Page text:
The Biden administration has restored a $929mn grant for California’s high-speed rail that then-president Donald Trump revoked in 2019.
Trump had pulled funding for a high-speed train project in the state hobbled by extensive delays and rising costs that he dubbed a “disaster.”
Trump repeatedly clashed as president with California on a number of policy fronts, prompting the state to file more than 100 lawsuits against the Republican Trump administration.
Democratic President Joe Biden strongly supports high-speed rail and has vowed to ensure the US “has the cleanest, safest, and fastest rail system in the world.”
Biden wants to dramatically increase funding for passenger rail networks, and in April touted high-speed trains that could eventually travel almost as fast as airplanes.
Federal Railroad administration deputy administrator Amit Bose yesterday said the agreement follows “intensive negotiations between the parties and reflects the federal government’s ongoing partnership in the development of high-speed rail.”
California’s lawsuit claimed the transportation department lacked legal authority to withhold the $929mn the administration of former president Barack Obama allocated a decade ago but had remained untapped.
“The Biden administration’s restoration of nearly $1bn for California’s high-speed rail is great news for our state and our nation,” US House of Representatives Speaker Nancy Pelosi, a California Democrat, said in a statement.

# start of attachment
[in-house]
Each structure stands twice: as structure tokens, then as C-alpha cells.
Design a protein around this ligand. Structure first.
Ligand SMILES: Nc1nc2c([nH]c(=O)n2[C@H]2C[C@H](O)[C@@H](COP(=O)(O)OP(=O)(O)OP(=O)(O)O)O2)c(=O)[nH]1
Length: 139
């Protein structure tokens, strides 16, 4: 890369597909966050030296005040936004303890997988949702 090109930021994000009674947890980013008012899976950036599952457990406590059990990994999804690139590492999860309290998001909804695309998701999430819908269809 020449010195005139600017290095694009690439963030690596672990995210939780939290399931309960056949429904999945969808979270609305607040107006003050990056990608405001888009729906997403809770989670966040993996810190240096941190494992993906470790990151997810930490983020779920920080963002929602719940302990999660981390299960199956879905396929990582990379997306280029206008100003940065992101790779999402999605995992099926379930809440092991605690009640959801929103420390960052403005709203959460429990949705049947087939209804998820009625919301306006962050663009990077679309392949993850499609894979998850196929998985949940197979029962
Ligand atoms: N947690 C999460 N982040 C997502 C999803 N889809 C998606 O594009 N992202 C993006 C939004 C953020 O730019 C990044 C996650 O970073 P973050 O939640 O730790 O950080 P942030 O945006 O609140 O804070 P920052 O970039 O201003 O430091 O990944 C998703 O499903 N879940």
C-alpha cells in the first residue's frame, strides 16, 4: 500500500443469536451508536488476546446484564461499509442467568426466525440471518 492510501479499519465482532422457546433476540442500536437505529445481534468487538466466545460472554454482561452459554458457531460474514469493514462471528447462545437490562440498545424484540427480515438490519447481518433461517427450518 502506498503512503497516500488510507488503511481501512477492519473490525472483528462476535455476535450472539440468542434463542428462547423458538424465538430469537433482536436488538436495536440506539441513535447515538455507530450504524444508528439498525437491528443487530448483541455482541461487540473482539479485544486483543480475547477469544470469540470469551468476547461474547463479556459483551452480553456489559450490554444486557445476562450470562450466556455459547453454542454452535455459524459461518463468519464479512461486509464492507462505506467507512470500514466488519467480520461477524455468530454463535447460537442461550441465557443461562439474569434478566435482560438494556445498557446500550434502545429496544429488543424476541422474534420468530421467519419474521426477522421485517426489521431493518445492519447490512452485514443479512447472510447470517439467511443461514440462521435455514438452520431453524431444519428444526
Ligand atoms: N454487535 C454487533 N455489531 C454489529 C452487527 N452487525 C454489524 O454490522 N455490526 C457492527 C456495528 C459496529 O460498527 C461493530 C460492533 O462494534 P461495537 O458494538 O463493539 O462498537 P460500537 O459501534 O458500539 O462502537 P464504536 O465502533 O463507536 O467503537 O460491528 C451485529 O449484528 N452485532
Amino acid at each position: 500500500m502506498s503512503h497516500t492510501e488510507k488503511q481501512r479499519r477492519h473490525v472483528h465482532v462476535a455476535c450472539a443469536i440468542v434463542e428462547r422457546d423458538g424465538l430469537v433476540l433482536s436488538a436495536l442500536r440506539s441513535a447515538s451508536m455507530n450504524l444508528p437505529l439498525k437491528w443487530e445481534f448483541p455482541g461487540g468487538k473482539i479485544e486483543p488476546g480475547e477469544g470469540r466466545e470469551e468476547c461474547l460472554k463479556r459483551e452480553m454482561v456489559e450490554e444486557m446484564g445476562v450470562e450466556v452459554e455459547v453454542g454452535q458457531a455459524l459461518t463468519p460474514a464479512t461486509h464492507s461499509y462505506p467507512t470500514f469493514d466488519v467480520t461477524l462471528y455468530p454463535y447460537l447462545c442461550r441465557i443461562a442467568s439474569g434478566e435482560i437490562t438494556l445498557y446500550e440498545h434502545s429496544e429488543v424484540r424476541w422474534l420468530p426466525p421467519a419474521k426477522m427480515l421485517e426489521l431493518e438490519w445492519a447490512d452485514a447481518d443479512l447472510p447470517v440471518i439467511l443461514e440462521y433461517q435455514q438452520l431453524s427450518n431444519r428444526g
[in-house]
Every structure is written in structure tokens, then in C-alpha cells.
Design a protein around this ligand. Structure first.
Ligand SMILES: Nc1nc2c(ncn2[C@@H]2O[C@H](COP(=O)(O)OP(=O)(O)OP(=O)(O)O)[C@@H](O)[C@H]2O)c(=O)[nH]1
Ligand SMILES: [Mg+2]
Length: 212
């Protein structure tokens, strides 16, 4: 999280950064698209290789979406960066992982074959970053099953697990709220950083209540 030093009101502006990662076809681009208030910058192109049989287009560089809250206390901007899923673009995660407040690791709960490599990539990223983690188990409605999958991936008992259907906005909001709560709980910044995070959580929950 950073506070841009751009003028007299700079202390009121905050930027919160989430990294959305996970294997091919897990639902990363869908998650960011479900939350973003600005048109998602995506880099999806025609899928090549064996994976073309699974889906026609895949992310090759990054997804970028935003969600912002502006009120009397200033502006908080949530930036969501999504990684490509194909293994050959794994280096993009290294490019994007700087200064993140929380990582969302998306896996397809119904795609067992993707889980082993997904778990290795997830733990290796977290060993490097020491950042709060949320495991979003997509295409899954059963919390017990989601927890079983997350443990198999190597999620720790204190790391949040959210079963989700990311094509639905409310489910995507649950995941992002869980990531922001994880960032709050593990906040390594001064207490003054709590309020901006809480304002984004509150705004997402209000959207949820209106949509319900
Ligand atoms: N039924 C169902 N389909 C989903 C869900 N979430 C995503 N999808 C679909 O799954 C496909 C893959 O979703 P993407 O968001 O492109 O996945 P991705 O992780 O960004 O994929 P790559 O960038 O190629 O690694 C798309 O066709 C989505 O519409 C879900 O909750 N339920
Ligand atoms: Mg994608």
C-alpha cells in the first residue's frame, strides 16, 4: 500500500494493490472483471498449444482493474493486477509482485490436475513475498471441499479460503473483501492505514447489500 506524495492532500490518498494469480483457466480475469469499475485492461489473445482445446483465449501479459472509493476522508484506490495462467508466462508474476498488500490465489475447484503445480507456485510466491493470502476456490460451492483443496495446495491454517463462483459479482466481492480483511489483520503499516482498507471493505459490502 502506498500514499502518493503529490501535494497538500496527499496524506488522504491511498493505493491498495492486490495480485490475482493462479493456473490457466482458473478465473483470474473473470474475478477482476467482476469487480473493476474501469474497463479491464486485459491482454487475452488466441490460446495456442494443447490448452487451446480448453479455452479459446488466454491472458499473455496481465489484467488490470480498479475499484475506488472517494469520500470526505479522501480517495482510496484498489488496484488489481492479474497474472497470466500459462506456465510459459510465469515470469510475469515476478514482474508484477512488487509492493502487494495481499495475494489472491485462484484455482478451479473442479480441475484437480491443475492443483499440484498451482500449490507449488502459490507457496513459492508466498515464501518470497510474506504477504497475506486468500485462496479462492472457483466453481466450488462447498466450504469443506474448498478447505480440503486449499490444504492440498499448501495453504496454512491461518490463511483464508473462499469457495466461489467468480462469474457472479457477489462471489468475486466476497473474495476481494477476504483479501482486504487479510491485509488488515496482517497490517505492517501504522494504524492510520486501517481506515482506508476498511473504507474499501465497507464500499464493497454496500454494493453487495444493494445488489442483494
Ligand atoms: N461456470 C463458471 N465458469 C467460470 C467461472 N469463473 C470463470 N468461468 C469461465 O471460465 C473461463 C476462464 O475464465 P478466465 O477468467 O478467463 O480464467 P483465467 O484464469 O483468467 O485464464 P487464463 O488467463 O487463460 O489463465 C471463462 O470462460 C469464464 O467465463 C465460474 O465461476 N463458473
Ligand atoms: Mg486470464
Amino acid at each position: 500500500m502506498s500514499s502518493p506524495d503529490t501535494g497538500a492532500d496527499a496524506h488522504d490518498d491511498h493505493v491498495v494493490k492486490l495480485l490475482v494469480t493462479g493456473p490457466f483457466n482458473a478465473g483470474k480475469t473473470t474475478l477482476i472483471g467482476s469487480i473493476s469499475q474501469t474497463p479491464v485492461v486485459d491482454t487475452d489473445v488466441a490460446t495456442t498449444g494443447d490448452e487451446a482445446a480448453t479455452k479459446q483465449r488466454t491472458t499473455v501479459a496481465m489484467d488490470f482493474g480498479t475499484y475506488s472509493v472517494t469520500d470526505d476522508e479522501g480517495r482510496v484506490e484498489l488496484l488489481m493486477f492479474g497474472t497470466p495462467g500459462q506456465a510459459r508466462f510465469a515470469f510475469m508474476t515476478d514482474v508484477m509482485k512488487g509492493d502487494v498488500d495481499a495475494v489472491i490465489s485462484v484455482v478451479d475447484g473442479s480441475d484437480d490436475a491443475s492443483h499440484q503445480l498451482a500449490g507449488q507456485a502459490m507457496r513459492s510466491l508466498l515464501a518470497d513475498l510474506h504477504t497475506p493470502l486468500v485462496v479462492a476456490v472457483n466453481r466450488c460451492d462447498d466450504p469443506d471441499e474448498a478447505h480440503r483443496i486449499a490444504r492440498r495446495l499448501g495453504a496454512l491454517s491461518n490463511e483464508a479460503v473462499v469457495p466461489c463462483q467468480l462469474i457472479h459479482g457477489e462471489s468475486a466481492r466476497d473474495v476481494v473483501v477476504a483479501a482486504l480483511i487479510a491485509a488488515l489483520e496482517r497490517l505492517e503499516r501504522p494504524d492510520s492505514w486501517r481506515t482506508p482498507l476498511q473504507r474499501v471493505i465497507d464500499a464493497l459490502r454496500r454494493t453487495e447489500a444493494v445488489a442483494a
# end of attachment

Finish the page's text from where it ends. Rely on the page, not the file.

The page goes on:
The parties agreed to restore the grant within three days, according to the settlement agreement.
The funding restoration occurs as the Biden administration tries to hammer out an infrastructure spending deal with lawmakers.
California’s system, which is billed by the state as the first US high-speed rail project, is estimated to cost from $69bn to $99.8bn and aims to be completed in the 2030s.
Democratic California governor Gavin Newsom said the funding restoration will “move the state one step closer to getting trains running in California as soon as possible.”
California voters approved the initial $10bn bond for the project in 2008, and $3.5bn in federal money was allocated two years later.
California previously received $2.5bn.
Trump had threatened - but ultimately did not see the return of the $2.5bn.
California State Treasurer Fiona Ma noted in a letter on Monday that the Obama administration had allocated $10.5bn for high-speed rail projects in 2009 and 2010 and that there are still no operational US
high-speed rail lines.
“To be clear, a repeat effort that spends billions without getting any new lines operational after another decade will be the death of high-speed rail in America,” Ma wrote to congressional leaders.
Meanwhile, the Biden administration yesterday began a process to reverse a Trump-era policy that opened vast swathes of the largest US national forest, the Tongass in Alaska, to logging and mining.
The move is the latest effort to roll back a land use decision made under Trump, reflecting a growing emphasis on conservation over commercial development.
In a notice posted on a White House website, the administration said it would propose “to repeal or replace” the exemption of the Tongass from the 2001 Roadless Rule that was finalised late last year. The Clinton-era rule banned logging, roads and mining in undeveloped forests.
Alaska state officials had petitioned for the change because they said the rule has cost Alaskans jobs.
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